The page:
Sunday, July 24, 2011
The More Things Change. . .
From time to time the Lutheran Church has grown weary of its own worthy heritage and chosen instead the lesser song. Buszin noted in the 1965 a circumstance which has not changed all that much “...never were we greeted [by the Roman Catholics] with shaking heads, cynical smiles, and vocal boos, as we have been in our own circles while speaking of great Lutheran traditions and the superb character of our heritage [of church music].” It seems that no prophet is without honor except in his own hometown. Or this from Buszin: “ I cannot help but hold my breath when I think of this, fearing that they will catch on to what the situation is among us Lutherans before we make an honest and prompt attempt to remedy matters.” (1948) Another most timely quote from about 5 years earlier: "By seeking today to introduce revivalism, the gospel hymn, and other features commonly identified with religious zealotism, the [Lutheran] churches show that they are at least a generation behind times and show likewise that they have not learned from the tragic mistakes made by others in the past..."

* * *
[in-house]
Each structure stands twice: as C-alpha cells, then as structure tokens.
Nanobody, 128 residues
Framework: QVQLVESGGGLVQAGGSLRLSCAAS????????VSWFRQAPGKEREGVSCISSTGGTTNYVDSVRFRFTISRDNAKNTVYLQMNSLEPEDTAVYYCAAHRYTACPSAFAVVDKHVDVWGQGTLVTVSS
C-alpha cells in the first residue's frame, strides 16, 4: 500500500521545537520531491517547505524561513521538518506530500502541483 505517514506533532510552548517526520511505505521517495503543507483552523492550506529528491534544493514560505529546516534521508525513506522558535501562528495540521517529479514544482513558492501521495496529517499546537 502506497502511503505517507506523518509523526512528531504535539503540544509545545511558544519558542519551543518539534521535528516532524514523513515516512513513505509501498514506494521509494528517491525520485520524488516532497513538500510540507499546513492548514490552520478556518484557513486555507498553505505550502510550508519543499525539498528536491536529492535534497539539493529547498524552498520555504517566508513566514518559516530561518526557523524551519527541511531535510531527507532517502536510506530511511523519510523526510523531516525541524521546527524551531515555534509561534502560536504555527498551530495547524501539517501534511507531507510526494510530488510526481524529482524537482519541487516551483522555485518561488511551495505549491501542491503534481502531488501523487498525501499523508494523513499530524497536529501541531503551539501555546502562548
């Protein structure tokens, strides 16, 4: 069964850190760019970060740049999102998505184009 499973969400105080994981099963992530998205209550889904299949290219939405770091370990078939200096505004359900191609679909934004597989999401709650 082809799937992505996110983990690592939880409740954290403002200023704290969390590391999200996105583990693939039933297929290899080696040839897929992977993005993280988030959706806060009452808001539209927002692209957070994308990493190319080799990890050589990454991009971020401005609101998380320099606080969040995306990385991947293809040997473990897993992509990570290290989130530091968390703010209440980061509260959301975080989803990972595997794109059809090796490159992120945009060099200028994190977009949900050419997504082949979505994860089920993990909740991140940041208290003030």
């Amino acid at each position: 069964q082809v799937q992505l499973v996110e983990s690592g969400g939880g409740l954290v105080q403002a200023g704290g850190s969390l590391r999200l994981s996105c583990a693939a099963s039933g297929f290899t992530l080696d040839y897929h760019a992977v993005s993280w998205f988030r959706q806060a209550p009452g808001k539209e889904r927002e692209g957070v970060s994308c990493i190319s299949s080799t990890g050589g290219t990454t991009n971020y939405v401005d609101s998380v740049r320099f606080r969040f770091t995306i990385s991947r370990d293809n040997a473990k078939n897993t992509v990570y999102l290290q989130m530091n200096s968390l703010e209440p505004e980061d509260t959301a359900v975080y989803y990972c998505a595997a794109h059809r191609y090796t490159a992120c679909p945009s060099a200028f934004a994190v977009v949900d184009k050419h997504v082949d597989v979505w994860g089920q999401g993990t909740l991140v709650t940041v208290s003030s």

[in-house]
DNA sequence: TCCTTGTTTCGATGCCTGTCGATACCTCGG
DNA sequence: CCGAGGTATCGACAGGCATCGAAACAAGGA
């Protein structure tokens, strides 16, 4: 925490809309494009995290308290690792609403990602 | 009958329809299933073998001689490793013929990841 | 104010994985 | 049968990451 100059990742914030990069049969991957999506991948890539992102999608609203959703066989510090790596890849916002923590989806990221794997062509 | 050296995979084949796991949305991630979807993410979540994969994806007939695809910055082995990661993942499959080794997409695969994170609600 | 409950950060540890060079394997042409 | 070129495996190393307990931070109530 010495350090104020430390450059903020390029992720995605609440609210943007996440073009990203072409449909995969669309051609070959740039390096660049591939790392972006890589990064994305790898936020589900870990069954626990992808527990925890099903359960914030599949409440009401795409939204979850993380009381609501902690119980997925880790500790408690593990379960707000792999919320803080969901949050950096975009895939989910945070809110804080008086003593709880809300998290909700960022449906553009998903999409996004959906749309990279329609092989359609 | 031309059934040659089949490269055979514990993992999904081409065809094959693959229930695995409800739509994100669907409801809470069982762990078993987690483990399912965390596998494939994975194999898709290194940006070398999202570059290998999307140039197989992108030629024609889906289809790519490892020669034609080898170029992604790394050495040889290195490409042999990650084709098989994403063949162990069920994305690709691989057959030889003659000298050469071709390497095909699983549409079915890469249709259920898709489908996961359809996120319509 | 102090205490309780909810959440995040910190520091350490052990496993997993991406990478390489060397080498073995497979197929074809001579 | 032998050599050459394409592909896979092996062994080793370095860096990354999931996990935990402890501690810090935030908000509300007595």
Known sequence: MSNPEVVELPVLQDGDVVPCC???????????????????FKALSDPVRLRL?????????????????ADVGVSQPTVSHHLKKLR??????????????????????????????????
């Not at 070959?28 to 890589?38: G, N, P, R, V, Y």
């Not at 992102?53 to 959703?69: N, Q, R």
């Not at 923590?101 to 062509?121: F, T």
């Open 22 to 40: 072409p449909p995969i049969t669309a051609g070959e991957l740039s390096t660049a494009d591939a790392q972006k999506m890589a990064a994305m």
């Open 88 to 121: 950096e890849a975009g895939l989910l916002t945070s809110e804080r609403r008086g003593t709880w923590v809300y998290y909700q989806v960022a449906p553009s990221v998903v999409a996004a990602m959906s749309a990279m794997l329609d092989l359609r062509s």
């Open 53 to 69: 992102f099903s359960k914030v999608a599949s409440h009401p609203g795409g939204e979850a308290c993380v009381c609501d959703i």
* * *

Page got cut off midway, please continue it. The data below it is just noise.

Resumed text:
I could go on and on but... the point is this. The battle for the church's music and liturgy is not a new battle nor are the parameters changed much over the years. We as Lutherans hold our own heritage in low regard and look to other churches with great envy and covetousness. We are so casual about our treasures and treat them as of dubious worth and value. It is a little like the Antique's Roadshow in which an item esteemed to be junk and used as a door holder turns out to be of great value to the shock and consternation of its owner. Buszin reminded us once that the hymnal, agenda, liturgy, lectionary, and missal are the holy books of our Church which accompany the holiest of books, the Bible.
We Lutherans are so often our own worst enemy -- disdaining what others recognize as our heritage, legacy, and treasure. Again, Buszin: "We are often so ignorant, so bigoted, so wise in our own conceits [for the present moment], so prejudiced against the past and against tradition... that we actually rebel when someone suggests that we might be wrong and that we can learn... even from the distant sixteenth and seventeenth centuries." As Buszin noted, great liturgy like great hymnody and great church music should be received with thanksgiving and affirmed because it is the gift of God, whether or not our minds may fully grasp it in this moment, and I would only add that we run the great risk in every generation of not esteeming the value of what has been handed down to us and discarding what are our greatest treasures...